In 2013, Hodge Lifetime launched their schemes known as voluntary repayment equity release. Aviva and Stonehaven soon followed realising there is a market for special products that are still based on other lifetime mortgages. The new formation of equity release plans allows for more flexibility of interest only lifetime mortgages. The idea behind voluntary repayment schemes is to improve the life of individuals over 55.

Defining a Voluntary Repayment Scheme

Voluntary repayment plans allow homeowners to repay a portion of the lifetime mortgage capital sum after the first 12 months. Some schemes allow the repayment to occur on a roll-up lifetime mortgage where interest is compounding onto the back of the capital sum thereby increasing the overall balance. It reduces the inheritance to leave the roll-up mortgage gaining interest.

Voluntary repayment schemes take care of this issue by letting some of the funds to be repaid particularly for those who may have taken out the loan at age 55 to 65. Up to 10% of the original capital sum can be repaid each year, without penalty charges. Homeowners can determine how much is repaid and when it is paid.

Interest only lifetime mortgages can also be used as a voluntary repayment scheme where interest is always repaid, but up to 10% of the principle amount can also be repaid in the year. Like standard lifetime mortgages, it keeps the inheritance available or even increasing when payments are made.

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Advantages of Voluntary Repayment

The main advantage is keeping an inheritance available for beneficiaries. Another benefit is not being charged the penalty fees usually associated with lifetime mortgages. It means there is not as much in fees and interest being paid as with more traditional equity release products.

Disadvantages of Voluntary Repayment

It does require making a payment whether it is once a year or several times throughout the year. Once the decision to make repayments is made, the homeowner usually has to continue making a yearly payment. While this is not always the case and it does differ between providers, it is an important factor to discuss with an independent financial adviser.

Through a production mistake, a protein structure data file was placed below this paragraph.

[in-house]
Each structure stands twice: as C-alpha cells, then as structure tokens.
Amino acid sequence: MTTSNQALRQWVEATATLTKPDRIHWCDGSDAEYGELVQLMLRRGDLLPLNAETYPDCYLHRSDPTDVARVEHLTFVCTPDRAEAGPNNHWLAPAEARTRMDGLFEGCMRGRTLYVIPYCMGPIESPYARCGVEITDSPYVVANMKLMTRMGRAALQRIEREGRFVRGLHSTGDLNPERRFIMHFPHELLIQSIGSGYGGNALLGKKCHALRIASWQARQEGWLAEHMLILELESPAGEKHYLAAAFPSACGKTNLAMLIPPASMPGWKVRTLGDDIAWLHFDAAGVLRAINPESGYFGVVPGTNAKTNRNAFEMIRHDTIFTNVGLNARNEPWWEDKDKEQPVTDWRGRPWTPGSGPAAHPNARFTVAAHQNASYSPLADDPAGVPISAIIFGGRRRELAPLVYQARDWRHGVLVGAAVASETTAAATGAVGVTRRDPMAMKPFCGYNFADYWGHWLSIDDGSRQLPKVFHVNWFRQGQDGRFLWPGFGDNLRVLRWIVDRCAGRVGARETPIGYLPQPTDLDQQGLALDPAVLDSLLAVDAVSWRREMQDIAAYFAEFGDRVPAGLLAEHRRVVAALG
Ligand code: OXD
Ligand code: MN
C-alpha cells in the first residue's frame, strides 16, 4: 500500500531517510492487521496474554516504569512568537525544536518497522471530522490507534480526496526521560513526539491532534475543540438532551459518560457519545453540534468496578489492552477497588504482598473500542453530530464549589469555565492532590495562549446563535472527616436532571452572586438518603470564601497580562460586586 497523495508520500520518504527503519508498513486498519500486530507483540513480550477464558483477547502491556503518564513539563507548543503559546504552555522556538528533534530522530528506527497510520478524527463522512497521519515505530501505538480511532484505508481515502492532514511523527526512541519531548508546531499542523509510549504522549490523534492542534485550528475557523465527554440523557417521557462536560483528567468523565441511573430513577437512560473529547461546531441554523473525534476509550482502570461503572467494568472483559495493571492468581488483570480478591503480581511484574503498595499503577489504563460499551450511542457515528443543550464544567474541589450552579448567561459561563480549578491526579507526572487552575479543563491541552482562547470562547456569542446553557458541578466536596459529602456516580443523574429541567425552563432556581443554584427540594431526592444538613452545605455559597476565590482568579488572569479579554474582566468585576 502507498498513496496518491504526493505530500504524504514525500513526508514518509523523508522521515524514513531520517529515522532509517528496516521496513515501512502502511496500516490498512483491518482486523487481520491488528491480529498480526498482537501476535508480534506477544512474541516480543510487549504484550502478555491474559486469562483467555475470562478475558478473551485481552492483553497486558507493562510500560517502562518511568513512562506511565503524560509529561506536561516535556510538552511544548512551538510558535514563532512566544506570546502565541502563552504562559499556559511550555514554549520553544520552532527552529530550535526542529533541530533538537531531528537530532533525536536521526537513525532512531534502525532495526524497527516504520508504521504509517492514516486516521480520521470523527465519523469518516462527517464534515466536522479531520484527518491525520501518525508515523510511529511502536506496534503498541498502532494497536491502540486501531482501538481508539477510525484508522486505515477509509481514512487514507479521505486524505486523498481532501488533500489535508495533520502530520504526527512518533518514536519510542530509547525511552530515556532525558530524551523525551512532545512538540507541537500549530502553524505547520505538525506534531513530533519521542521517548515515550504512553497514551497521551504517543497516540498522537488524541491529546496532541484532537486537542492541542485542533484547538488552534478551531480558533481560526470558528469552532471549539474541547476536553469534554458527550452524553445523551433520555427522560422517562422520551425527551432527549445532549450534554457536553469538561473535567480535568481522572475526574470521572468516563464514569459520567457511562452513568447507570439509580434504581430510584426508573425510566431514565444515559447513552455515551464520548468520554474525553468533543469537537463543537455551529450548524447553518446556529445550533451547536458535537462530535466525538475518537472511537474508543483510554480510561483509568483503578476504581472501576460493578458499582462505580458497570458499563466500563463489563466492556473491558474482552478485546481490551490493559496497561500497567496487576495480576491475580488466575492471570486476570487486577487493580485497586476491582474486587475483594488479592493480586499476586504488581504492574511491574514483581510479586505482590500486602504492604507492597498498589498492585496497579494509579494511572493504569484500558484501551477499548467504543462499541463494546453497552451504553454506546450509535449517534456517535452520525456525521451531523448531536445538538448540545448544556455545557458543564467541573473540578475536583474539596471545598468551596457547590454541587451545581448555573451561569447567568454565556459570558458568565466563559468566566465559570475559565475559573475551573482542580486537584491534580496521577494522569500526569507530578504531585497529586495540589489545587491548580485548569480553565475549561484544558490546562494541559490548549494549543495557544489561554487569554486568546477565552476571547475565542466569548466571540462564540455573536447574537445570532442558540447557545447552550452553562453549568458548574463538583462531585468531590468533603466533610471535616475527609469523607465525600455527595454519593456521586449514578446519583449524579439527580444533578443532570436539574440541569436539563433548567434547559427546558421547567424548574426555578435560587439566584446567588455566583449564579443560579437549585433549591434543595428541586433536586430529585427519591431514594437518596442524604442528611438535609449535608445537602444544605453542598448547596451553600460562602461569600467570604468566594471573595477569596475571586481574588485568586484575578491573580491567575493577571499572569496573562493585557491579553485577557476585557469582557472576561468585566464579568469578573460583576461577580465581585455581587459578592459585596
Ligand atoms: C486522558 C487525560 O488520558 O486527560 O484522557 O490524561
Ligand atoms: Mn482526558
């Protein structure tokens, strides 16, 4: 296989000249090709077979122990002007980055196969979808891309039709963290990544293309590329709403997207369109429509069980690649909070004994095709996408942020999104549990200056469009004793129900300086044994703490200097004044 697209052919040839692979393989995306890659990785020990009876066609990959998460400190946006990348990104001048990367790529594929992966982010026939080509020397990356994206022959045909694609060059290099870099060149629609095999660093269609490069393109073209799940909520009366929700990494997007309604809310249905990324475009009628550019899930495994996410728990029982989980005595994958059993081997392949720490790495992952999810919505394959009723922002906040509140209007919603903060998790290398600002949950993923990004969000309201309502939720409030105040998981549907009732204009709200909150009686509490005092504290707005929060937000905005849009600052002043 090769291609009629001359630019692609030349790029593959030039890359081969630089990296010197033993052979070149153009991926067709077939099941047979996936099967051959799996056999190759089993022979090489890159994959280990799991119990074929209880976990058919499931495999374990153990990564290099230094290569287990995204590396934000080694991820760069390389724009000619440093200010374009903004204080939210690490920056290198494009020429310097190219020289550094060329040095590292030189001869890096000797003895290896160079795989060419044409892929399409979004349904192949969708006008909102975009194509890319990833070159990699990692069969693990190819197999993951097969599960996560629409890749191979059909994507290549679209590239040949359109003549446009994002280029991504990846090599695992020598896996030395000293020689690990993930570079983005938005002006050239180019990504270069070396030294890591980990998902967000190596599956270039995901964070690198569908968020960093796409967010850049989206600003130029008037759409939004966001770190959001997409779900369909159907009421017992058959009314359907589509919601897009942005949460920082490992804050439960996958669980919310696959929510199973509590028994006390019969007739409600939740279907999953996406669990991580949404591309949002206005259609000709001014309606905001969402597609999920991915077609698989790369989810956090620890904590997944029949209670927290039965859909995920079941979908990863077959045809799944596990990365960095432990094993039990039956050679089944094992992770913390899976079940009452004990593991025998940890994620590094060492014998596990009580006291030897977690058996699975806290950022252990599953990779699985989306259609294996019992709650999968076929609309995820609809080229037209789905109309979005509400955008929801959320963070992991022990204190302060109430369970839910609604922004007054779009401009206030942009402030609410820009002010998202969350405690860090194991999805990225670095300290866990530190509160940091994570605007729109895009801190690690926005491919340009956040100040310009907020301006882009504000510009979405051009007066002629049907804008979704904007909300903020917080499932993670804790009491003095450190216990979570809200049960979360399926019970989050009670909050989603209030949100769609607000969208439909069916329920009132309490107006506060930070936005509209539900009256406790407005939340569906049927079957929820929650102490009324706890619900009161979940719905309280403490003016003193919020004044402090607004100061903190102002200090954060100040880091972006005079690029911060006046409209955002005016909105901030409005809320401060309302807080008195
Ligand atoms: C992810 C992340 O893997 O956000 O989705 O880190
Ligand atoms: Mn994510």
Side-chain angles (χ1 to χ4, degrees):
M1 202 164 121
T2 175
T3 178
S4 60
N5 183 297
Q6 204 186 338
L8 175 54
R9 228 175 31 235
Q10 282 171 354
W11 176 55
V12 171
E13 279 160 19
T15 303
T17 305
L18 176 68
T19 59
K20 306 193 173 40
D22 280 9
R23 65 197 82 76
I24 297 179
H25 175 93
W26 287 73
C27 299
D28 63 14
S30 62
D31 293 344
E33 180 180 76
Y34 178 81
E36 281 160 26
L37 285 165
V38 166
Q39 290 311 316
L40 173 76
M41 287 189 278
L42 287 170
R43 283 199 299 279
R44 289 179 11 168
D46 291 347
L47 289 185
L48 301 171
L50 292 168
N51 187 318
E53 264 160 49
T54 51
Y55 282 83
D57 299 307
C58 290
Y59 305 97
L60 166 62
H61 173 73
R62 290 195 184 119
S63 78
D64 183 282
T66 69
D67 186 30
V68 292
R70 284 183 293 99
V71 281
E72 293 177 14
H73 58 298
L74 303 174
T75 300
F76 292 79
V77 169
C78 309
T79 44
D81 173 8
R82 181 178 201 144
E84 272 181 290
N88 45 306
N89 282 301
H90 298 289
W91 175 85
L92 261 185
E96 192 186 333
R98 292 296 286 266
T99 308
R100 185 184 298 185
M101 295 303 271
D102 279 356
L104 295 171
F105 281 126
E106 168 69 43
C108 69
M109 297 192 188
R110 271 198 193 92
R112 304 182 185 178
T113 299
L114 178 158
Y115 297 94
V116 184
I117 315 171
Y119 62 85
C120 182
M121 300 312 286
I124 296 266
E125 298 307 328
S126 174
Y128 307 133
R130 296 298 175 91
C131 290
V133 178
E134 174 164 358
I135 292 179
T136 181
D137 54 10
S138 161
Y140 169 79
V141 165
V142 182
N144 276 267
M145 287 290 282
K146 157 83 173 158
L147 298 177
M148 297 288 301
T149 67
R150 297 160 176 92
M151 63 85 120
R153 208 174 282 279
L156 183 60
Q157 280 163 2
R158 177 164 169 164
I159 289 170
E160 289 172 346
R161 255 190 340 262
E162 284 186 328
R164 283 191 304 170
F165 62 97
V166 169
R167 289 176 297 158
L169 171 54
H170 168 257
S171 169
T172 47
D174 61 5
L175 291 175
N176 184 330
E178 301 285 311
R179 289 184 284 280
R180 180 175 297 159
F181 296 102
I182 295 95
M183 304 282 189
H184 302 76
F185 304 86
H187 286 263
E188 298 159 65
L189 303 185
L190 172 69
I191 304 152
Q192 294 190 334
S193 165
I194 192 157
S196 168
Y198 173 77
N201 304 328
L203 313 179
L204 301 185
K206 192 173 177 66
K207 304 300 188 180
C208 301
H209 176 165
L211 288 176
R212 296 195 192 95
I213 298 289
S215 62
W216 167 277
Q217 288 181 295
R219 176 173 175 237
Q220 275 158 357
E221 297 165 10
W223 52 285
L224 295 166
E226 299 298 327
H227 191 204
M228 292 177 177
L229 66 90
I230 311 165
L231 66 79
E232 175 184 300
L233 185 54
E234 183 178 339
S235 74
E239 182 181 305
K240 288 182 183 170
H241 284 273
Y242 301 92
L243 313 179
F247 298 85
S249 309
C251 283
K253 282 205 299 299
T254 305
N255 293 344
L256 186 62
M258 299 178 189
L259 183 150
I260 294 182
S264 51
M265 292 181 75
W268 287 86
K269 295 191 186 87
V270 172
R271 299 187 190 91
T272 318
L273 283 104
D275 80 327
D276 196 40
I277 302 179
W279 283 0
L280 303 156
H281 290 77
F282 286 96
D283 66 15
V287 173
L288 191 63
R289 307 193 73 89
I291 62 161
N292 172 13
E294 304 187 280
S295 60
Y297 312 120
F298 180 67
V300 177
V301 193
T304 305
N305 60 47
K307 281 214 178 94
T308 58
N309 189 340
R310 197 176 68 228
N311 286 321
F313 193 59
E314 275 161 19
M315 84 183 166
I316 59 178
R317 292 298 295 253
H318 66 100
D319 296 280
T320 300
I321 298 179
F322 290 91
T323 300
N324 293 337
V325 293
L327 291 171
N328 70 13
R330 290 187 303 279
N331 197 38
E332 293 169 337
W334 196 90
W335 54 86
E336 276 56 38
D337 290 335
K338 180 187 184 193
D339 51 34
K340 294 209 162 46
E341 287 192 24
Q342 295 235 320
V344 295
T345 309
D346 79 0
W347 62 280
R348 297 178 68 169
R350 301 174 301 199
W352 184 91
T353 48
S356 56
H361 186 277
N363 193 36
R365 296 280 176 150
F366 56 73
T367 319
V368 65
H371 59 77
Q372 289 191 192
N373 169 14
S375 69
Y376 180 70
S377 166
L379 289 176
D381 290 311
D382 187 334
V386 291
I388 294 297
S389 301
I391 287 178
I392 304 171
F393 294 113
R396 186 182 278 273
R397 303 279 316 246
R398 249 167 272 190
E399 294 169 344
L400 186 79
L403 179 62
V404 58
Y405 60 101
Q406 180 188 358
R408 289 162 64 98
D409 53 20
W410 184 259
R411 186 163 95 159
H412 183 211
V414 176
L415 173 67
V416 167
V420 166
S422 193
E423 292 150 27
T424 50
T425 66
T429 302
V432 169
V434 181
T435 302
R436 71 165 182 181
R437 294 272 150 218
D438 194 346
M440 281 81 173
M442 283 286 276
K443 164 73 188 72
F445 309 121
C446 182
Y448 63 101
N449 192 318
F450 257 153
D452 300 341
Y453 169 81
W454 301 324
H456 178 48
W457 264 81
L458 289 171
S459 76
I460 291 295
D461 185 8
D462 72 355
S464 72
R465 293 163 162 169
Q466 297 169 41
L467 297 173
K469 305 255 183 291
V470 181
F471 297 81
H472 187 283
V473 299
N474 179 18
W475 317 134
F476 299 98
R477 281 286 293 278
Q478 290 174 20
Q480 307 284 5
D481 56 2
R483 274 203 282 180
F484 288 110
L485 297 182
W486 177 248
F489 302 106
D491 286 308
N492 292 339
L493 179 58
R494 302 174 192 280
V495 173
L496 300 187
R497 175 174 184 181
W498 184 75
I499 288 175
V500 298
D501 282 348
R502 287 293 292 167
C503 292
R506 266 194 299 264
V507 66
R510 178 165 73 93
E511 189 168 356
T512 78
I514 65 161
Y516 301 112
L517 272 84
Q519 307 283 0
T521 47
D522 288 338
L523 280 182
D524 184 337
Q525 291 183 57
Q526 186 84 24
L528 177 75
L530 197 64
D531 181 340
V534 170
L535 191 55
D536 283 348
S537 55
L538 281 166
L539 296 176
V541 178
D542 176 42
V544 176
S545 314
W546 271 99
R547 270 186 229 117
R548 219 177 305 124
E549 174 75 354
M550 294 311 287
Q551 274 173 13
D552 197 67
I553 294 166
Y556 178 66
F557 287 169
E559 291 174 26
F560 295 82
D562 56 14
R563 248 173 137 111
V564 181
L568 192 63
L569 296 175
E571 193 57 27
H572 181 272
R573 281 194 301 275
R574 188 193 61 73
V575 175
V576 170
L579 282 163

A Little on the Different Plans

Hodge’s flexible plan is based on disposable income, where interest has to be repaid and an elective £10,000 or 10% can be repaid each year. Aviva took the Hodge Lifetime product a step further to make it more appealing to homeowners. With Aviva flexi plans there is a potential to repay the entire loan amount before death as long as the 10% repayment occurs each year after the initial 12 months. There is full redemption of the plan thus saving the homeowner from interest accrual for life. Stonehaven offers flexible repayment in terms of the interest amount. Even if interest accruing on an interest only lifetime mortgage is more than £25 per month, all a homeowner needs to pay is the minimum amount. They can pay the full amount of accrued interest, but for those who do not have it a minimum can be set up. As you can see there are advantages to each provider as well as this type of loan.

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